“Transformers: Rise of the Beasts” is a Surprisingly Fun, Summer Blockbuster
With a nice balance between story, spectacle, and character, “Transformers: Rise of the Beasts” is a surprisingly fun, summer blockbuster.
“Transformers: Rise of the Beasts” Review
Set seven years following the events of 2018’s “Bumblebee” …
“Transformers: Rise of the Beasts”, continues following the Autobots led by Optimus Prime (Peter Cullen). After discovering a way off of Earth, they soon become embroiled in a race against time against Scourge (Peter Dinklage) and the planet eater Unicron (Colman Dolmingo) as both groups search for a MacGuffin that will allow them to leave the planet. But, between all of this is, Noah (Anthony Ramos), a former soldier going through hard times, and Elena (Dominique Fishback), a museum architect’s assistant.
Bringing these forces together, are a new group of Transformers – the Maximals – led by Optimus Primal (Ron Perlman).
A BALANCING ACT
Coming off the success of 2018’s Bumblebee, which semi-rebooted the franchise …
“Transformers: Rise of the Beasts” returns to the disaster movie-style formula in which the Transformers themselves would be the disaster. But, director Steven Caple Jr. and screenwriters Joby Harold, Darnell Metayer, Josh Peters, Erich, and Jon Hoeber manage to balance story, spectacle, and character. All of that, while delivering a surprisingly fun, summer blockbuster, one filled with a ton of action and some major surprises!
Taking inspiration from the “Transformers: Beast Wars” franchise in the early 2000s, the story maintains a strong focus between Optimus & the Autobots as well as Noah (Ramos) and Elena (Fishback), with Optimus and Noah’s arcs actually balancing themselves out. It’s not the most complex character arc, but it does bring out some heart.
SOME MORE BALANCE AND CONSISTENCY
Additionally, Enrique Chediak and Sean Haworth (both of which worked on 2018’s “Bumblebee”) return as cinematographer and production designer …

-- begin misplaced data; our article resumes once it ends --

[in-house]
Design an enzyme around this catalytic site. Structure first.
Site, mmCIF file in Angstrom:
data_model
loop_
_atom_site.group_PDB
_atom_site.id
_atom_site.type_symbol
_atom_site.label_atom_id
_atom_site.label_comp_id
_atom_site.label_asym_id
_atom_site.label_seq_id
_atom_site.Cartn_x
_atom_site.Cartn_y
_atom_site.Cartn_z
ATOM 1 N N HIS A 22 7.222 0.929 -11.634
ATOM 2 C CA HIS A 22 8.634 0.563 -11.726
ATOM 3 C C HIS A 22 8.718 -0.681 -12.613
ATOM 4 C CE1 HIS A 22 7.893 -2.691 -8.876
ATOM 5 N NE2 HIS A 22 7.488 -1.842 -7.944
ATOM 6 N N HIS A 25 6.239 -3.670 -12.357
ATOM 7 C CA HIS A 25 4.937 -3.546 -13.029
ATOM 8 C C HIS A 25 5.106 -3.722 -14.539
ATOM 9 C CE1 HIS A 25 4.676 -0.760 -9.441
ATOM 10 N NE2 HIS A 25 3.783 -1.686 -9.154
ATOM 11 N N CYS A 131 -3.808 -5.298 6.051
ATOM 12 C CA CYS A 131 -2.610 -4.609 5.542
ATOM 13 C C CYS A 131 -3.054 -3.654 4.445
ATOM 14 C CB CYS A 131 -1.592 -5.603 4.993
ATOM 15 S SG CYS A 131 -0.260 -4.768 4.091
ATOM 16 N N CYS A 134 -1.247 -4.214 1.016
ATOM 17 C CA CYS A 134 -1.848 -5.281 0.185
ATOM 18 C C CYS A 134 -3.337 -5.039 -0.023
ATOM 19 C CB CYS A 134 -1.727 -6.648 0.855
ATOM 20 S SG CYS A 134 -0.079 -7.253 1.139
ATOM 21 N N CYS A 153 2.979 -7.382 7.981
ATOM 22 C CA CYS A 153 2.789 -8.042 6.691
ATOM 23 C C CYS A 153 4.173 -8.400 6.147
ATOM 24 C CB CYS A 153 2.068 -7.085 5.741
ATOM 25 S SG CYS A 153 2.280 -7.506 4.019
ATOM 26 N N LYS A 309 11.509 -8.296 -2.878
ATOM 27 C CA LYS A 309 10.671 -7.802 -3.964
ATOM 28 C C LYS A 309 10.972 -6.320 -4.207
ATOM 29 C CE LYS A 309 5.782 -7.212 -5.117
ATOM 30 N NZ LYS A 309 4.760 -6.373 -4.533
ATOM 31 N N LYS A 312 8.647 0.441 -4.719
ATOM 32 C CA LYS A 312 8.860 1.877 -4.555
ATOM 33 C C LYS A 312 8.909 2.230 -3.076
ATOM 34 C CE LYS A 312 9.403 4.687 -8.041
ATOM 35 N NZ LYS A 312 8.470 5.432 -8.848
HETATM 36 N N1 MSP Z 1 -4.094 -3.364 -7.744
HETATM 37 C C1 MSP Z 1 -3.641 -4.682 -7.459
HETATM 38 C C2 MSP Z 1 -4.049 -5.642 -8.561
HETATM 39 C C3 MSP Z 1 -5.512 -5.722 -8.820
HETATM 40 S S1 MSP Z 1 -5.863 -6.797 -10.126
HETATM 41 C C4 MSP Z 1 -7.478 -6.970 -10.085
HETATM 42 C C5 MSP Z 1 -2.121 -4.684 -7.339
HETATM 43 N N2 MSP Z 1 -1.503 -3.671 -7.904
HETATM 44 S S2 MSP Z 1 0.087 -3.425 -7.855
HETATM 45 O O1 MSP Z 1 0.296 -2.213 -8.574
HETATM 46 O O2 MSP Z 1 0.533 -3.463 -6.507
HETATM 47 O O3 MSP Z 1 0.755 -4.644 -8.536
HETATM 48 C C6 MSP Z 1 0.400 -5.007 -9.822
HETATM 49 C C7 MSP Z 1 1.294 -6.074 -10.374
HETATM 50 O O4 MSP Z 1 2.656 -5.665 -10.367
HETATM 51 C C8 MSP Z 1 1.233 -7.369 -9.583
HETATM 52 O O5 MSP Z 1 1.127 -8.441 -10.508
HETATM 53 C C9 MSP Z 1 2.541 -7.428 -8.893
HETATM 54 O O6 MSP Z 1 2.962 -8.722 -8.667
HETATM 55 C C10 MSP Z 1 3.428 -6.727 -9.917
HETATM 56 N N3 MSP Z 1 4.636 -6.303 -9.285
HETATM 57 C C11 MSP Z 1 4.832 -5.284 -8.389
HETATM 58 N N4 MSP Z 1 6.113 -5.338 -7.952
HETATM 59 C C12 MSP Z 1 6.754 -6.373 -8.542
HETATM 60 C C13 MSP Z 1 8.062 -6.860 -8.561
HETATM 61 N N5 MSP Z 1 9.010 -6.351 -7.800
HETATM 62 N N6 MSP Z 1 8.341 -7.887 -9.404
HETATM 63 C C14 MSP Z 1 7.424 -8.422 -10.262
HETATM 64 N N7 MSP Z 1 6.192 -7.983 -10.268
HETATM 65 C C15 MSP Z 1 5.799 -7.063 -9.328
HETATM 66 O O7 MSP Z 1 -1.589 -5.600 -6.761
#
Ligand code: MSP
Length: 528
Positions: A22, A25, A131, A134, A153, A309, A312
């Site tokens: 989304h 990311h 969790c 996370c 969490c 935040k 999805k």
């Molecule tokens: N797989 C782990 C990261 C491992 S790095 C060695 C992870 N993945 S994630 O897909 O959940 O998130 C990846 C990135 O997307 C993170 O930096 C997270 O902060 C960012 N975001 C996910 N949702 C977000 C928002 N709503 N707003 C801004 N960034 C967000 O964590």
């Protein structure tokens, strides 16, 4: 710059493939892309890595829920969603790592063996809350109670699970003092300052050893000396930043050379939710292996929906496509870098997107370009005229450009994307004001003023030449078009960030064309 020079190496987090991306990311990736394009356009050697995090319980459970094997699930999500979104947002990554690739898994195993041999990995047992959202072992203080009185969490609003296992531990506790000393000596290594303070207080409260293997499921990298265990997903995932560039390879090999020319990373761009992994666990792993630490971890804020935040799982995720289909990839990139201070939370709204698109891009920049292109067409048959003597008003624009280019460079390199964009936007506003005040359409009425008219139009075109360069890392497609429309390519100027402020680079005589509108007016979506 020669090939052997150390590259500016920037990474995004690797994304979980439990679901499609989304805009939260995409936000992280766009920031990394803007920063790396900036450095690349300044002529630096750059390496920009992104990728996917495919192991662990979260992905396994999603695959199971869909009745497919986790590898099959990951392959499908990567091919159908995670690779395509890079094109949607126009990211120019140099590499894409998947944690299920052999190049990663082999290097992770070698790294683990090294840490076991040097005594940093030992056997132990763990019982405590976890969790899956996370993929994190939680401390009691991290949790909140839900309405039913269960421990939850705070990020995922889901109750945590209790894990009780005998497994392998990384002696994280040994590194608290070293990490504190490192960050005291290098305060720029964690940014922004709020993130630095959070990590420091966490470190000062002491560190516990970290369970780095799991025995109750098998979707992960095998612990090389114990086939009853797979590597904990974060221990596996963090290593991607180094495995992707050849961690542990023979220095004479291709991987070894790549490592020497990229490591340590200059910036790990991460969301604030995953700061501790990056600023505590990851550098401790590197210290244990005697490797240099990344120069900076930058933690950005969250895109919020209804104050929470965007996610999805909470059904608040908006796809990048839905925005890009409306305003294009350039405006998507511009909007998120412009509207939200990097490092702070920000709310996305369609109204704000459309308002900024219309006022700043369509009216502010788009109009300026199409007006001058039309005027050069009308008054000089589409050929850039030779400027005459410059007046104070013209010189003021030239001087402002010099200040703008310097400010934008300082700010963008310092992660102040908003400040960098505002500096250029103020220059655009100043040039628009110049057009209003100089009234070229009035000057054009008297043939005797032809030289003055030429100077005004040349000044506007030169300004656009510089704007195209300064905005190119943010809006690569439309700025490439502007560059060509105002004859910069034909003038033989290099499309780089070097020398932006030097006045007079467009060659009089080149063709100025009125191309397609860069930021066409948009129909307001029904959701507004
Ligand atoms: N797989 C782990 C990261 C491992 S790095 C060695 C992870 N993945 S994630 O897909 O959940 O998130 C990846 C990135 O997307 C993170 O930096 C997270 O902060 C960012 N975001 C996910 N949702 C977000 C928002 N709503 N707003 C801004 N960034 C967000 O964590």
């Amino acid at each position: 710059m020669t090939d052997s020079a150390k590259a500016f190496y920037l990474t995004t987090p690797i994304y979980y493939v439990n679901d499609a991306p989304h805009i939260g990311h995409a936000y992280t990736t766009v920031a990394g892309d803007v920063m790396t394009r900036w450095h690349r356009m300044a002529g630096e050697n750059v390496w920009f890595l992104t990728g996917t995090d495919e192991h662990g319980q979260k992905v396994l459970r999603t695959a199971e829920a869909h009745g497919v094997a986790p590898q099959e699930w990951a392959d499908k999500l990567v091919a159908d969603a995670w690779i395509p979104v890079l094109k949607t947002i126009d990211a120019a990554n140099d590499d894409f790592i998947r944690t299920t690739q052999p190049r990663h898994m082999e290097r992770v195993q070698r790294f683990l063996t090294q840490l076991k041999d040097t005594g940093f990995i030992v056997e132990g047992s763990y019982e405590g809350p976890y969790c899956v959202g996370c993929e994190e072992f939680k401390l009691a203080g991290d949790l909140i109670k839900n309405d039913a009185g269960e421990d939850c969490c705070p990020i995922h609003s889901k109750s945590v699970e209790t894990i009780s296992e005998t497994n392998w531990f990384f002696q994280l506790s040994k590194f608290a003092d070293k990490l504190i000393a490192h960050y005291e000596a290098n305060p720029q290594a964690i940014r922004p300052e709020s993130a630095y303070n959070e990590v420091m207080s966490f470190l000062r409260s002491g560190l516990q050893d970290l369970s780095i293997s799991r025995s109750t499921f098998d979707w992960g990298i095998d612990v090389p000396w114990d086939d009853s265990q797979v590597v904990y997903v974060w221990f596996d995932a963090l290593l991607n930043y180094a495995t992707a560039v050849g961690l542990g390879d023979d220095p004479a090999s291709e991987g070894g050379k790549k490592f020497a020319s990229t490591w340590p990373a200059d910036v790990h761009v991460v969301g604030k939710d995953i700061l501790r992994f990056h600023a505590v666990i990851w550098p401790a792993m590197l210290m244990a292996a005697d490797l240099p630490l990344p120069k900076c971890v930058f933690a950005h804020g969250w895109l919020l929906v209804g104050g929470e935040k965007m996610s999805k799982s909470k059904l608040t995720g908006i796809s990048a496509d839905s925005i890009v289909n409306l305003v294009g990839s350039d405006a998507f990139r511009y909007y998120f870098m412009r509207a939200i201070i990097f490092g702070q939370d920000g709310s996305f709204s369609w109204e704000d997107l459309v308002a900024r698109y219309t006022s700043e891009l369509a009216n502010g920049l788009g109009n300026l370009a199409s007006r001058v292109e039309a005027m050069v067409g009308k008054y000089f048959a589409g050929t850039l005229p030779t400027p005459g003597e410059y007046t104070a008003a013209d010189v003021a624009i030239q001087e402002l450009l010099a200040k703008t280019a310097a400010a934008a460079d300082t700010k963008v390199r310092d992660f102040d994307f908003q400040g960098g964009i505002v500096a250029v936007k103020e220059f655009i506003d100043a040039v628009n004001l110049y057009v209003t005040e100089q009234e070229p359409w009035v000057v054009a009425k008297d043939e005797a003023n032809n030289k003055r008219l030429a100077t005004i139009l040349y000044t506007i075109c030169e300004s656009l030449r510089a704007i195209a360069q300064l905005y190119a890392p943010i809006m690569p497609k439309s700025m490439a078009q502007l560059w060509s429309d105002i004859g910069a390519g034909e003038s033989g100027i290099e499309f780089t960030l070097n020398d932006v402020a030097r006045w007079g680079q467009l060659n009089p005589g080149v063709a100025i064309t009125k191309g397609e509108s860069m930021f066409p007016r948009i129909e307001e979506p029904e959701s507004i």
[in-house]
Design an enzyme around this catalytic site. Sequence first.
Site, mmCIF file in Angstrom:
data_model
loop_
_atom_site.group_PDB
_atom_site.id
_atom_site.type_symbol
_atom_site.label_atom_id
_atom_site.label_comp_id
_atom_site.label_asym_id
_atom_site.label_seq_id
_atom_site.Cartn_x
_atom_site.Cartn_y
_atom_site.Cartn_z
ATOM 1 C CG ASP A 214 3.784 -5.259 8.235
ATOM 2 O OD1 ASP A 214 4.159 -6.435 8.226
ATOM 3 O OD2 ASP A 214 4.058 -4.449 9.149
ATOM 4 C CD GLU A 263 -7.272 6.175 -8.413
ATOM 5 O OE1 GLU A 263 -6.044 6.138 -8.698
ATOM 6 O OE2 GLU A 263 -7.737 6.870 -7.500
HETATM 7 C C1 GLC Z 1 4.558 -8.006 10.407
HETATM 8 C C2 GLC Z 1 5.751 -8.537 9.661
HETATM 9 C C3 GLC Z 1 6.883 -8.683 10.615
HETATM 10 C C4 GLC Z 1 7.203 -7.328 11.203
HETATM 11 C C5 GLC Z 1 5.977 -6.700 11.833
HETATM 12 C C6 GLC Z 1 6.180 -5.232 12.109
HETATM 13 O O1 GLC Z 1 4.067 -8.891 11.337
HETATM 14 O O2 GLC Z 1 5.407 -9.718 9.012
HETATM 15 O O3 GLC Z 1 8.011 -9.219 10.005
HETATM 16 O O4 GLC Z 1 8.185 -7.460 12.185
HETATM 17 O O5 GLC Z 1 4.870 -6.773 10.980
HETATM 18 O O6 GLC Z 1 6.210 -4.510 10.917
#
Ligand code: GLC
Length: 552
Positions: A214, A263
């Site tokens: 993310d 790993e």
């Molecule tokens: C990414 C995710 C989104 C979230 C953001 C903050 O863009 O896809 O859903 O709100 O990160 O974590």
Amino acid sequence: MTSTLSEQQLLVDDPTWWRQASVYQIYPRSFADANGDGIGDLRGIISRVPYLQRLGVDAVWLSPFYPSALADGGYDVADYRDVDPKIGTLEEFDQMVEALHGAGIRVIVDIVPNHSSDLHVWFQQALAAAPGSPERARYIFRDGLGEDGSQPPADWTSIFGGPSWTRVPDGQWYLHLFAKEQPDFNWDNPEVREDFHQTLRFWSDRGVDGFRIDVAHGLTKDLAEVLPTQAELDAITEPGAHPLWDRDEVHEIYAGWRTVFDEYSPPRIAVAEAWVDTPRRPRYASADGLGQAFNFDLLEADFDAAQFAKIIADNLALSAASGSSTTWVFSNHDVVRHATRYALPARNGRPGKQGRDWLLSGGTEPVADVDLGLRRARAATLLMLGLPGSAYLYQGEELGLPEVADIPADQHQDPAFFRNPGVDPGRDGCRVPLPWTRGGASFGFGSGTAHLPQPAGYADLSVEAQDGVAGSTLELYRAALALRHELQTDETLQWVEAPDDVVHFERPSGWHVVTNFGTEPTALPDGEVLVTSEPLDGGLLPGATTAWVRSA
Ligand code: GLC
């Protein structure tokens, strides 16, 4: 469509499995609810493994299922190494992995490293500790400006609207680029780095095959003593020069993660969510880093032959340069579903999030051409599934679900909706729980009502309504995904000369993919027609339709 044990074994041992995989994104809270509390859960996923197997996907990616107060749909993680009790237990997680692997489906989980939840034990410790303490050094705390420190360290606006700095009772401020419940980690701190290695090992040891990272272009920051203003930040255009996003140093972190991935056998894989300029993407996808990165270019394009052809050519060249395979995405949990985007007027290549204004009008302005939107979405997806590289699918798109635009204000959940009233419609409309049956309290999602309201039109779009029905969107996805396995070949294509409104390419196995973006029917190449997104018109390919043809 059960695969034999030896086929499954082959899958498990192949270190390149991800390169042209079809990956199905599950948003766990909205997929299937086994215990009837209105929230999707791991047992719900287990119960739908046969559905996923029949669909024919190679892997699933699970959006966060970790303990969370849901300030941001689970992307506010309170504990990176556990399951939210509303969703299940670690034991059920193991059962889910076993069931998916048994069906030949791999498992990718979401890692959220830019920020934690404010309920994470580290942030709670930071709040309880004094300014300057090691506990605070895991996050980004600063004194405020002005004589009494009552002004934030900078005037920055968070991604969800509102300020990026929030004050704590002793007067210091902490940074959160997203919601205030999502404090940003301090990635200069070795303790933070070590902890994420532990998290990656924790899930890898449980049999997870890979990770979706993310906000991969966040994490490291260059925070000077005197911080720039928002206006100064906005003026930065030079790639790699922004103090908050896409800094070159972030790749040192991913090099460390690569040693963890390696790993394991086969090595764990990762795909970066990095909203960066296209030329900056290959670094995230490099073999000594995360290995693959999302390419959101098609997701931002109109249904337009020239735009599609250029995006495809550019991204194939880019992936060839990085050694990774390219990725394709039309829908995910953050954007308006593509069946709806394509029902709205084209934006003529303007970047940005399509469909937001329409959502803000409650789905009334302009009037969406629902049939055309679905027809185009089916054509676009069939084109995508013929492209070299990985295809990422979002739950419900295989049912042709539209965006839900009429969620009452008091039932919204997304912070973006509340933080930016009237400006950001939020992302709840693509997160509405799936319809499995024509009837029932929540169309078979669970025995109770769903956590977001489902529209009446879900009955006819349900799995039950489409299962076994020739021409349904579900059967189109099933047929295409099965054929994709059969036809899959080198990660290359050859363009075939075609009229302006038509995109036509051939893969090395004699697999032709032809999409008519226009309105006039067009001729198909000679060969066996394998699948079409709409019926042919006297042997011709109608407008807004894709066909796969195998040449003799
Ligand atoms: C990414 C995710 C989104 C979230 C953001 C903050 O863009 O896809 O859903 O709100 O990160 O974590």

With Haworth and company, bringing to life 1990s New York and Peru as well as to the Transformers, combining aspects of their traditional Generation 1 form with the muted, realistic look from the previous films.
As for Chediak and company, the cinematographer complements Haworth’s design by displaying a grungy, grey look and contrasting it with the vast greenness of the hills of Peru.
But, Haworth and Chediak weren’t the only Transformers veterans to return as editors Joel Negron and William Goldberg, editors on 2011’s “Transformers: Dark of the Moon“, returning as well. The four of them provided some consistency, especially when it came to integrating these aspects with the visual effects department led by VFX supervisor Gary Brozenich.
EPIC SCORE CONSISTENCY
Produced by composer Steve Jablonsky (who scored the Michael Bay-era films) and Black Panther composer Ludwig Goransson …
Composer Jongnic Bontemps’ score mixes in a traditional orchestra while adding in the Transformers sound design. This results in an epic, pulse-pounding score that keeps the viewer on the edge of their seats. However, a side-effect of the score echoing Jablonsky’s is that it’s a bit similar to the score from the 2007 film. But luckily, Bomtemps and company manage to counter this, by utilizing trumpets and other instruments. And then finally, along with the score, is an amazing soundtrack with several 90s-era hip-hop songs being used throughout.
As for the cast, everyone came to play with Anthony Ramos and Dominque Fishback as the leads.
The two deliver some good performances, having nice chemistry with each other and other members of the cast. Most specifically with Ramos, it was with Pete Davidson’s Mirage and Dean Scott Vasquez’s Kris, Noah’s younger brother. Whereas with Fishback, it was with Michelle Yeoh’s Airazor. And with Davidson and Yeoh, that brings us to the voice cast.
Leading the charge is Peter Cullen, who reprises his role as Optimus Prime. Cullen brings pathos to both being a leader and also someone with regret. This is also echoed in Ron Perlman’s performance as Optimus Primal. As for the rest of the voice cast: Peter Dinklage and Colman Dolmingo were menacing as Scourge and Unicron, while Michaela Jaé Rodriguez displayed a ton of joy as Nighbird.
Meanwhile, Liza Koshy, John DiMaggio, David Sobolov, Cristo Fernández, and Tongayi Chirisa were okay in their respective roles, as their voices blended into the background so well. As a result, this prevents any major distinction between characters.
Overall, Transformers: Rise of the Beasts is a surprisingly, fun summer blockbuster.
Director Steven Caple, Jr. and company provide a nice balance between story, action, and character while delivering some truly fun surprises. Furthermore, with support from a solid cast led by Ramos and Fishback, franchise veterans, and an epic score and soundtrack, this entry laid out a constant track record.
Let’s hope they keep it up next time around.
Score: 3.5 out of 5